On the surface, THE NAME OF THE ROSE is a very well crafted, well-told mystery, and definitely better-than-average period piece. Dig a little deeper and get to know the broad bands of history being commented on in the screenplay, and the film succeeds for being both edifying and entertaining. In a Canadian classroom, 2009, two sets of 16 - 18 year old students of philosophy came in one day after seeing the first part of the film and whisperingly exclaimed, "This is an awesome film!" Considering it is a story set BACK in time (set in a world so very far away from the virtual reality our youth today mostly live in), the film's ability to stimulate OVER time-- right up to today in all its secularity-- is no small achievement!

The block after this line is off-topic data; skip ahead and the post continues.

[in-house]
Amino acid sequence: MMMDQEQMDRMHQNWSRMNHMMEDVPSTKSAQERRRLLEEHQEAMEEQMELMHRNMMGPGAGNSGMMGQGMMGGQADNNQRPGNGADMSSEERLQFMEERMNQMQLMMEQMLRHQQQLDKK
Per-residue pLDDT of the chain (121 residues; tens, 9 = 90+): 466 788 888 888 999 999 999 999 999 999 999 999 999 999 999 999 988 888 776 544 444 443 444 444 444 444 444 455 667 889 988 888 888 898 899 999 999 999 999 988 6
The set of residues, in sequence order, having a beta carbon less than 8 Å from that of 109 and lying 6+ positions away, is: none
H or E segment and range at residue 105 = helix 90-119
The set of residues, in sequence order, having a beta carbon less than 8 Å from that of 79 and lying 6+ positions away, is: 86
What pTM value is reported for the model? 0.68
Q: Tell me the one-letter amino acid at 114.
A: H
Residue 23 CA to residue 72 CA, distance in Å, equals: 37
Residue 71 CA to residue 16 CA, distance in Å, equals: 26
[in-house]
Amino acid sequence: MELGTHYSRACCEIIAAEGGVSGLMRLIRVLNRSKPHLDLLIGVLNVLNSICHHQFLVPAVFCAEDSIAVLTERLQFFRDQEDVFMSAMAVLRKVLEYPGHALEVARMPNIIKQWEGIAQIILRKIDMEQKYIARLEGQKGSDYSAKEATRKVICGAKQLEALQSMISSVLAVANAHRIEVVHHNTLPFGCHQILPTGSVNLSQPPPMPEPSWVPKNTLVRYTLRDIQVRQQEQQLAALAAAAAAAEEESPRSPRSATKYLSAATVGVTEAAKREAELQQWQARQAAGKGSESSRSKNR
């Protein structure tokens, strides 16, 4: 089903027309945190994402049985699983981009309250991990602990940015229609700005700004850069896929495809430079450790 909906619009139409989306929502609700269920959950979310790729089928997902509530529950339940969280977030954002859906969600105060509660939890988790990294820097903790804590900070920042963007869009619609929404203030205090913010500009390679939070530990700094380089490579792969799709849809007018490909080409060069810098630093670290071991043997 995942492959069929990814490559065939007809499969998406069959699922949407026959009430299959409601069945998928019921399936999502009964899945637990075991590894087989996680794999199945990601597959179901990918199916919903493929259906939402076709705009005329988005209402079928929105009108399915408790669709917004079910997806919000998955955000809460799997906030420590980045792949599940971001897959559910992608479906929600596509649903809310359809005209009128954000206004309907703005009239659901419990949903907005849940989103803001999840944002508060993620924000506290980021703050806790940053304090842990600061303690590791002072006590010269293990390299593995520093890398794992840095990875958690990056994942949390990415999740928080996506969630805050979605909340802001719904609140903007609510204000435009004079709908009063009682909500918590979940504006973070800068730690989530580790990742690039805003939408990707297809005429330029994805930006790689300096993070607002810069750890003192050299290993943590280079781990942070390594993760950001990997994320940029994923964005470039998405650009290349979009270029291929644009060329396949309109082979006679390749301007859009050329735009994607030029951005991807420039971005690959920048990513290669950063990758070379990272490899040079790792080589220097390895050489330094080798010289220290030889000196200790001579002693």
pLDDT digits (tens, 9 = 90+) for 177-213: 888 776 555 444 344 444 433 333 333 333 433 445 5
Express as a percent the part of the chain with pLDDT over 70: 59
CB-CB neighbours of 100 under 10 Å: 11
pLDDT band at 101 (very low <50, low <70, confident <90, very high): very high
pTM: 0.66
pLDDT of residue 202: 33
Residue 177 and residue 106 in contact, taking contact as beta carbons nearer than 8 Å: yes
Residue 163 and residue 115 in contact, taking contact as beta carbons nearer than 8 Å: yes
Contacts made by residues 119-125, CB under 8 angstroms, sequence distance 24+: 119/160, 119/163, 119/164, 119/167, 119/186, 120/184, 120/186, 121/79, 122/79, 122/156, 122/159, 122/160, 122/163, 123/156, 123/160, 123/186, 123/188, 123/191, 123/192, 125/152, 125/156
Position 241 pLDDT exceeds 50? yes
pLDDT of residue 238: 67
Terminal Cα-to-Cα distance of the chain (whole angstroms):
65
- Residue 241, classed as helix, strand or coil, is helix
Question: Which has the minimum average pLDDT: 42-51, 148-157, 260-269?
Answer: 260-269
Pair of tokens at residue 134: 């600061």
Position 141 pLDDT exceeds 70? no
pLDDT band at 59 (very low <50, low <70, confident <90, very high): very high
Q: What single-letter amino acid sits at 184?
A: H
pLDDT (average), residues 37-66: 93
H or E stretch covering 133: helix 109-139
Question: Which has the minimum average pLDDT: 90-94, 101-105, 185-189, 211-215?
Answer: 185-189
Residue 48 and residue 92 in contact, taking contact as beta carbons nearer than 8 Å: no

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on April 12, 2004
This movie is a dark, forboding look into life in a corrupt Italian monastery, the spanish inquisition, and the catholic church in the middle ages. For those of you who like mysteries, spooky locals, superb plots, and fiendish villains, this movie is for you! It has remained one of my all time favorites throughout the years, and I'm both glad it is finally coming out on DVD, and furious it has taken so long to get there! Worth buying.
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on November 24, 2014
Finally for the first time in french !!! I have seen this movie on VHS tape and it had the french version. For other movies too that are older, I would like the french version like The Three Musketeers and the Four Musketeers by Richard Lester with Michael York, Oliver Reed, etc....